This is a fair point.
Especially in many emerging markets, certifications like the CFA or CA (Chartered Accountant) can be more valuable.
In countries like India and South Africa, the CA can even be a pathway into IB roles (but note that this is the “CA,” not the “CFA”).
So, if you’re in a country where the CFA is highly valued, and many bankers have it, passing Level I at some point may make sense.
“I need the CFA to exit the back office.”
Nice idea, but this plan is unlikely to work. See our article on the front vs. middle vs. back office.
In this case, it’s best to use lateral hiring to move into more relevant jobs over time; you could also focus on S&T or markets-facing jobs for a higher chance of making the change.
And if you can afford it, a top MBA or Master’s in Finance would help you more than the CFA.
“I have a low GPA or attend a non-target school. The CFA will help me stand out.”
The CFA might provide a boost, but not enough to erase a 2.5 GPA (for example).
If you’re at a non-target school, the most important point is to start very early – and the CFA won’t help you overcome a late start.
Even with the new eligibility rules, you still can’t complete Level I until you have two years of undergrad left.
But IB recruiting for Year 3 internships takes place in Year 2 (at least at many banks in the U.S.), so this point is irrelevant for students.
If you really want to cite the CFA, you can always write that you’re “studying for it” and plan to take it on a certain date (and if you don’t pass, remove it).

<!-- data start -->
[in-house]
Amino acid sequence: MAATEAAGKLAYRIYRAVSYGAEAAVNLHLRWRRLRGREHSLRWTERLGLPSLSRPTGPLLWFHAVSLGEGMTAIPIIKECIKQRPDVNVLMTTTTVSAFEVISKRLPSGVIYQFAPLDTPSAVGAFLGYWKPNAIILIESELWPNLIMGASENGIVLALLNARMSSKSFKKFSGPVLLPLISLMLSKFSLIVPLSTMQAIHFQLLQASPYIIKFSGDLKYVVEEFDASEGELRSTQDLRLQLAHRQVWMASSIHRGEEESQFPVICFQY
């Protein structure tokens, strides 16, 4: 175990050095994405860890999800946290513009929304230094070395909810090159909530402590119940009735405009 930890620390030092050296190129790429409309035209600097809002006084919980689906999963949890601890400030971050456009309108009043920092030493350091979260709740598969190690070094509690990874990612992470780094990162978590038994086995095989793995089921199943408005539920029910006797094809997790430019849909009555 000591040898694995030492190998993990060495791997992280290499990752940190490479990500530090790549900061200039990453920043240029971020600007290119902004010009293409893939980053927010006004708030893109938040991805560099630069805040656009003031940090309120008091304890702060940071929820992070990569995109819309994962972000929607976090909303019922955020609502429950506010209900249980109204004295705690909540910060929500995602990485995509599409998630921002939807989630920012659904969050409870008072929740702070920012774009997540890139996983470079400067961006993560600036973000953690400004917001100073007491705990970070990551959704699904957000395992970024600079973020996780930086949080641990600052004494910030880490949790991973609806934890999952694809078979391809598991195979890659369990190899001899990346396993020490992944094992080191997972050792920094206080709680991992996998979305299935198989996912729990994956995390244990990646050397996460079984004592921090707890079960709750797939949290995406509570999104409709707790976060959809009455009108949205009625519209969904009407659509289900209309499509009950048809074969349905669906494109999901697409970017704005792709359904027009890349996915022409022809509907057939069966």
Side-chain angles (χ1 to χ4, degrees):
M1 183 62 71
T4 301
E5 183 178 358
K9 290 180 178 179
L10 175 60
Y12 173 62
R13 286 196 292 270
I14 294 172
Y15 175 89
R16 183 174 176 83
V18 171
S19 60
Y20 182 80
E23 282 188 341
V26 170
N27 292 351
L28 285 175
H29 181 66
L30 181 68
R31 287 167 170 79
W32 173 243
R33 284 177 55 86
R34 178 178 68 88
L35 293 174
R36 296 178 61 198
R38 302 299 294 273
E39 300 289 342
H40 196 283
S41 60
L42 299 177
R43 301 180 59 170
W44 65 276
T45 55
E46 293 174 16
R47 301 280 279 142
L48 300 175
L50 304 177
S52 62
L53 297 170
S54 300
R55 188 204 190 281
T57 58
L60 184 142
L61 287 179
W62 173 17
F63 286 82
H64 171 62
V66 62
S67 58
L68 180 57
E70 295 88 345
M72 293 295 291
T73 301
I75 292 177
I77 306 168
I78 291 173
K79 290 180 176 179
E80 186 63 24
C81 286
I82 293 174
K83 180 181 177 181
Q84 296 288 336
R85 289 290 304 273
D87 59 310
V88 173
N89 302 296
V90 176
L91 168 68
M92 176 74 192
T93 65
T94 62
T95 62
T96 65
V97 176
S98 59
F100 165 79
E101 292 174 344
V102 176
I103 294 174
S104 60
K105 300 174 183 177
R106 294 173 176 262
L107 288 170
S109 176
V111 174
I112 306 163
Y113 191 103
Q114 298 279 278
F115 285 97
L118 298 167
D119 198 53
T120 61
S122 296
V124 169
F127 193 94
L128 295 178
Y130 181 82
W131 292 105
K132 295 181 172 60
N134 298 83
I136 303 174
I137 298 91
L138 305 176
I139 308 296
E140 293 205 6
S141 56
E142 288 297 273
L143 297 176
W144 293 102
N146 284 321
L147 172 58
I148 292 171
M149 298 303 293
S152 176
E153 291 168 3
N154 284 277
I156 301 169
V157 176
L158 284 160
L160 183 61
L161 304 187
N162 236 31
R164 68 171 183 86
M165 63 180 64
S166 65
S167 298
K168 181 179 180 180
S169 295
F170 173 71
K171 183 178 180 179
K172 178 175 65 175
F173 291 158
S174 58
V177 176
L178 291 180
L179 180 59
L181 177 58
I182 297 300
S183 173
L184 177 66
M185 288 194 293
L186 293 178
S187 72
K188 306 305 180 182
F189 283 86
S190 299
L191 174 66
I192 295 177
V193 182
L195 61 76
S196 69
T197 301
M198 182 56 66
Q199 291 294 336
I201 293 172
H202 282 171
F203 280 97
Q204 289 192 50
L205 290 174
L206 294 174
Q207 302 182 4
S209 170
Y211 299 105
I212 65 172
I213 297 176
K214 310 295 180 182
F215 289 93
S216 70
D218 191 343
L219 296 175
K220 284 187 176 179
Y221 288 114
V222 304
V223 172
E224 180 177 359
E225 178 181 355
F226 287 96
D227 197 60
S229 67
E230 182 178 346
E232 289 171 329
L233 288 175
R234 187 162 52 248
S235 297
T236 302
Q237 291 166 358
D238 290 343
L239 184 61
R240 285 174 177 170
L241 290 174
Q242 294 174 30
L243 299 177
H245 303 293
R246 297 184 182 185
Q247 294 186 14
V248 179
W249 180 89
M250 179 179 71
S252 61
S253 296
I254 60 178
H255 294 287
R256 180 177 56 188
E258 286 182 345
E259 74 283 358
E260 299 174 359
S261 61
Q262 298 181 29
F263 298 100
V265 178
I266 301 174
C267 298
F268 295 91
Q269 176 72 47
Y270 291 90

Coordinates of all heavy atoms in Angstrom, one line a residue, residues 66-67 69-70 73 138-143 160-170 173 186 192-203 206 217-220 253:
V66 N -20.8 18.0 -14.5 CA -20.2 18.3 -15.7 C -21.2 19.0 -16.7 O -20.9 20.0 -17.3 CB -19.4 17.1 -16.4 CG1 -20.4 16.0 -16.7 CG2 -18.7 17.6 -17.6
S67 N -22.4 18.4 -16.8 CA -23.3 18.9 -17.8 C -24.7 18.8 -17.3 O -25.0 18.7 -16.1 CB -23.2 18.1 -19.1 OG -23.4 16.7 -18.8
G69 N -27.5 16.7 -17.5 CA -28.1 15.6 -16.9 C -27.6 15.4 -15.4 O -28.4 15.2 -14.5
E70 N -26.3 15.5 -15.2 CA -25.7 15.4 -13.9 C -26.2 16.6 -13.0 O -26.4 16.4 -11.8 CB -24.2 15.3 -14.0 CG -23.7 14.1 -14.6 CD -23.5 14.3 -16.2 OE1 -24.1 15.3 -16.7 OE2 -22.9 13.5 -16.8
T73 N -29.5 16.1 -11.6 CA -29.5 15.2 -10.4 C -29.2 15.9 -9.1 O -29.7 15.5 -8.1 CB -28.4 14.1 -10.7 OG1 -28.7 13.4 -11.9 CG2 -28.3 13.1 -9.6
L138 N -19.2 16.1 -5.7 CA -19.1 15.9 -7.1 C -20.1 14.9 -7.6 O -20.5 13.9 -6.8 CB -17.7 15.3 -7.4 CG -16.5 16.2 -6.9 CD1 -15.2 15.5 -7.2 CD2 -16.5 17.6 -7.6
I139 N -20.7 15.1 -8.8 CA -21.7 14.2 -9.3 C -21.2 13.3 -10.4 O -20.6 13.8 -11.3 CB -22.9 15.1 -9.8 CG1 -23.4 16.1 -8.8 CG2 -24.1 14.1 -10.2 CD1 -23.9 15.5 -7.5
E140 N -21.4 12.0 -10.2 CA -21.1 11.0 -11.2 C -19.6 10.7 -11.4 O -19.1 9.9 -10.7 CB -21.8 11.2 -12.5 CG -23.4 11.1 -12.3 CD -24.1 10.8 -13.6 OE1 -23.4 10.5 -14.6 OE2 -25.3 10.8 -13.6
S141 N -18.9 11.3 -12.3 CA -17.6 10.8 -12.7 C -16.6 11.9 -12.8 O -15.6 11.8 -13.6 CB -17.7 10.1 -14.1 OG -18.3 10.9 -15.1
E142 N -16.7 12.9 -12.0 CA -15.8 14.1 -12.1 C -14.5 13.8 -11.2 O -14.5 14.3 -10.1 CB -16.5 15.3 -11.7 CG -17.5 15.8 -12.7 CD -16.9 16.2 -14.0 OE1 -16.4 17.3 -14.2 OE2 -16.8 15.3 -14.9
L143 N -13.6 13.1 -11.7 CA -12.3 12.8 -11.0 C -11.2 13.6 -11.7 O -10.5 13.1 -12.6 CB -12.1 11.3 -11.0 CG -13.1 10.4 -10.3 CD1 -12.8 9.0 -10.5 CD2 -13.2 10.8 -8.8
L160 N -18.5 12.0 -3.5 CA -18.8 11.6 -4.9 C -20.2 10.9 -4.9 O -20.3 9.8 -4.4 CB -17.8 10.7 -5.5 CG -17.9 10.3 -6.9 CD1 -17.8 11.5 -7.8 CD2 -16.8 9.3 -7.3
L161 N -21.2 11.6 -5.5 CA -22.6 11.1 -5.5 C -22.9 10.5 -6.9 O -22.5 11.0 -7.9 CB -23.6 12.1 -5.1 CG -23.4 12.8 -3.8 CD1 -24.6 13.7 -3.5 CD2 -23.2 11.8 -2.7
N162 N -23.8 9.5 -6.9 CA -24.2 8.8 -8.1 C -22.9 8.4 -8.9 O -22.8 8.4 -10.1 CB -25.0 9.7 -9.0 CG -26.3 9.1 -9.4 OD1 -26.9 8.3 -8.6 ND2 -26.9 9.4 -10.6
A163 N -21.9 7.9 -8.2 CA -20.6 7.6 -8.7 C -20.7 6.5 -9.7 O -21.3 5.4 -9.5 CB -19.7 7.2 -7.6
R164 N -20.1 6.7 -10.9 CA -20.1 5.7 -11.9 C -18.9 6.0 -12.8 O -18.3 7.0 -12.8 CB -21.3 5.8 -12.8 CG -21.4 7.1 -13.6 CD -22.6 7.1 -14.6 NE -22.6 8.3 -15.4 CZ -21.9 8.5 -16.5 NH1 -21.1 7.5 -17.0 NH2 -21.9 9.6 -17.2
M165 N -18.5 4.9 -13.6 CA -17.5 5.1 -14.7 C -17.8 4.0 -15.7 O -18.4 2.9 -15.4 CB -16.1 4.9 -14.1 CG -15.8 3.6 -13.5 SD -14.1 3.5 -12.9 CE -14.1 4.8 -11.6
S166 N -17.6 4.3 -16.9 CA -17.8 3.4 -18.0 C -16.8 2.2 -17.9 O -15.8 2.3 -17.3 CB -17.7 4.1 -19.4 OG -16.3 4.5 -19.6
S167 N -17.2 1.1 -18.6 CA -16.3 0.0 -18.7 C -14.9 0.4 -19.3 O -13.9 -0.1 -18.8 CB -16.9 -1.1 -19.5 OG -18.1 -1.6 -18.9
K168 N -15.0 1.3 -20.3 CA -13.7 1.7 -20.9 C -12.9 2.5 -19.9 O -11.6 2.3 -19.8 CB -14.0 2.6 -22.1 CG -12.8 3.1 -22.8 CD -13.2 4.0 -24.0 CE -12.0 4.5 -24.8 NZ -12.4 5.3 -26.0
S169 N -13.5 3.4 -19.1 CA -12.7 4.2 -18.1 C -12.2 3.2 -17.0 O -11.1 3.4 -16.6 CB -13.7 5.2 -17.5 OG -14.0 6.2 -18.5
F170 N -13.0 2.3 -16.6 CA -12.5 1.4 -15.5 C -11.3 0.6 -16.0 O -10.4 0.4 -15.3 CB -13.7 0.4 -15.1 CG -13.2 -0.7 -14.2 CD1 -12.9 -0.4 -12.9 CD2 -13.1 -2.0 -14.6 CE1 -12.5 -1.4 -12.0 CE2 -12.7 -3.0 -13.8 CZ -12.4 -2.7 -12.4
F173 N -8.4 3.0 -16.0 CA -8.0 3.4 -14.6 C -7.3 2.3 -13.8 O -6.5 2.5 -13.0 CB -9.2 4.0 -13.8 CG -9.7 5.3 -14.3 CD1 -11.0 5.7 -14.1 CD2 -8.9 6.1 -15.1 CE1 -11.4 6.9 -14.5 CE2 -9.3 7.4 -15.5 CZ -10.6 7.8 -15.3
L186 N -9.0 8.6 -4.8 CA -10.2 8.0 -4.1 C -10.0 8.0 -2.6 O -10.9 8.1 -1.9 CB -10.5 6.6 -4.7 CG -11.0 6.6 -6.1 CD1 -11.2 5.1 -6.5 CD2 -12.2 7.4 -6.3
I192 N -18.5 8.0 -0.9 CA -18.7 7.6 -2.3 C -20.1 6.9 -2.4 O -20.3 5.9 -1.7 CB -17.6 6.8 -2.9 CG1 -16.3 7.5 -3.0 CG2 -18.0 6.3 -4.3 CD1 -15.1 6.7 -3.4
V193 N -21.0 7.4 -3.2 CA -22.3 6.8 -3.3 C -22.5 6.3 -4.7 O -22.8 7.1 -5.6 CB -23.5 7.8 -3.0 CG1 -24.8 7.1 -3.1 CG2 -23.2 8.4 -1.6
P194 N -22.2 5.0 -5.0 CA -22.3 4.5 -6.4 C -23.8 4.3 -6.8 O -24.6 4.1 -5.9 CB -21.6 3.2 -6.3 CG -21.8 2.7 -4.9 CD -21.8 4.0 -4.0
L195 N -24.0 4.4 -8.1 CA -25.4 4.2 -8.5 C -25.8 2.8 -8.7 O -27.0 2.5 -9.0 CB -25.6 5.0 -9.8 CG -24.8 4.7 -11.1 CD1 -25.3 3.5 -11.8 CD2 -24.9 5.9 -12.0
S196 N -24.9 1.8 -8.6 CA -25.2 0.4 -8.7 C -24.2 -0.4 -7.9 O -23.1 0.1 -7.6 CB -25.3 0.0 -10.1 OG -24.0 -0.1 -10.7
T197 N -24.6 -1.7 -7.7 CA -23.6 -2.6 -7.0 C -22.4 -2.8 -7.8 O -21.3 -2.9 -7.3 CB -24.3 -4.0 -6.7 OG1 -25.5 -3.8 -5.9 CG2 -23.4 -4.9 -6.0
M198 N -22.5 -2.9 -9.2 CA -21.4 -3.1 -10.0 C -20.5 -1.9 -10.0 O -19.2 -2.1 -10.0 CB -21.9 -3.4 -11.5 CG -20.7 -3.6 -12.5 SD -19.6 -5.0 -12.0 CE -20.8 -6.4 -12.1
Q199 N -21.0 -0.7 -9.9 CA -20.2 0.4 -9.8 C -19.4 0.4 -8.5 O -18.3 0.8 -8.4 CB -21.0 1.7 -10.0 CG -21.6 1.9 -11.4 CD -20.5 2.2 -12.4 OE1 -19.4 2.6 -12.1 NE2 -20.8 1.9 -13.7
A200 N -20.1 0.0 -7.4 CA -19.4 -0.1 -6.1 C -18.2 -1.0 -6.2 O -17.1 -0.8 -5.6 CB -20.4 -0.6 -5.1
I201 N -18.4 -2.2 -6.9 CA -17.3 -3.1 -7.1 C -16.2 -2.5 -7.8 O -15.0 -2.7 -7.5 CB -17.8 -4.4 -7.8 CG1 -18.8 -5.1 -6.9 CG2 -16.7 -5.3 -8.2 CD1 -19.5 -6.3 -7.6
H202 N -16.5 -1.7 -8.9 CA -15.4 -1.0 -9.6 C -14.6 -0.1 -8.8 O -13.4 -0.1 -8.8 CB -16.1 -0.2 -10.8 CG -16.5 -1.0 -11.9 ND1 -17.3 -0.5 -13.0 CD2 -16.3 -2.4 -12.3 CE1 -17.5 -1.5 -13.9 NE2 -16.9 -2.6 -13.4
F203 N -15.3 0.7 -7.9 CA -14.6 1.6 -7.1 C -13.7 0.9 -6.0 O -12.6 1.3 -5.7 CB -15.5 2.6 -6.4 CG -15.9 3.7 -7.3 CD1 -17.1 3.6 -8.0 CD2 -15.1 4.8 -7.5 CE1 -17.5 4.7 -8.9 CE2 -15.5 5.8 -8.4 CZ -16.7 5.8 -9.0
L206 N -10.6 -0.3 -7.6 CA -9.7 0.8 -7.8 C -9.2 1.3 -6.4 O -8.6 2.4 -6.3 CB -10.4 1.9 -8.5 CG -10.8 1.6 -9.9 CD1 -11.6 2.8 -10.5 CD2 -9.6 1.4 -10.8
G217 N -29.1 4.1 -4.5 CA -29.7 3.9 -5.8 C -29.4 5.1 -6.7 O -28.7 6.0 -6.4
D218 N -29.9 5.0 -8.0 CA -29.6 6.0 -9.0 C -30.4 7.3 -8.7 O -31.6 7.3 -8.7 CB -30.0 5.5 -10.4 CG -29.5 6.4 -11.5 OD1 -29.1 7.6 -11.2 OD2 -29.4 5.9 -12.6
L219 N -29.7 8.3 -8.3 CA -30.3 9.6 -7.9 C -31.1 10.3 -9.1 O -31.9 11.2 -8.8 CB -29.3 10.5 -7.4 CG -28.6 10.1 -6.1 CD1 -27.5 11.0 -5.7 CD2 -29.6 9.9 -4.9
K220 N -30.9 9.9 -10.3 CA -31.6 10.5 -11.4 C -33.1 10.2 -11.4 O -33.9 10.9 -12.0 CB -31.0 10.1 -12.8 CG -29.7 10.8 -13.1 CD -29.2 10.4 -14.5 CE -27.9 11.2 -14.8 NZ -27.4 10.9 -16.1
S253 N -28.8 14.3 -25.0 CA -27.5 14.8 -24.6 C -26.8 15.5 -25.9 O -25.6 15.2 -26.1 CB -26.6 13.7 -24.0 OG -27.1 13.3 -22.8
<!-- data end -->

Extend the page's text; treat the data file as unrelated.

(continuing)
“But I’ve already networked a lot, have good work experience, and am well-prepared for interviews. I don’t want to spend those 300 hours networking, so the CFA is a better option.”
If you’ve already done everything required to win IB interviews and job offers, I agree there are diminishing returns to networking and interview prep past a certain point.
But do you need the CFA if you’re in this position?
You’d be better off learning a new skill, joining a new activity, or doing anything more interesting than studying for another exam.
When is the CFA Useful?
I am trying to be fair and balanced, so here are the best use cases for the CFA:
1) Roles in Portfolio Management (and Some Equity Research and Hedge Fund Jobs)
There’s no question that it matters in many industries outside of IB, such as portfolio management.
If you go into this field, you’ll probably complete several levels of the CFA at some point.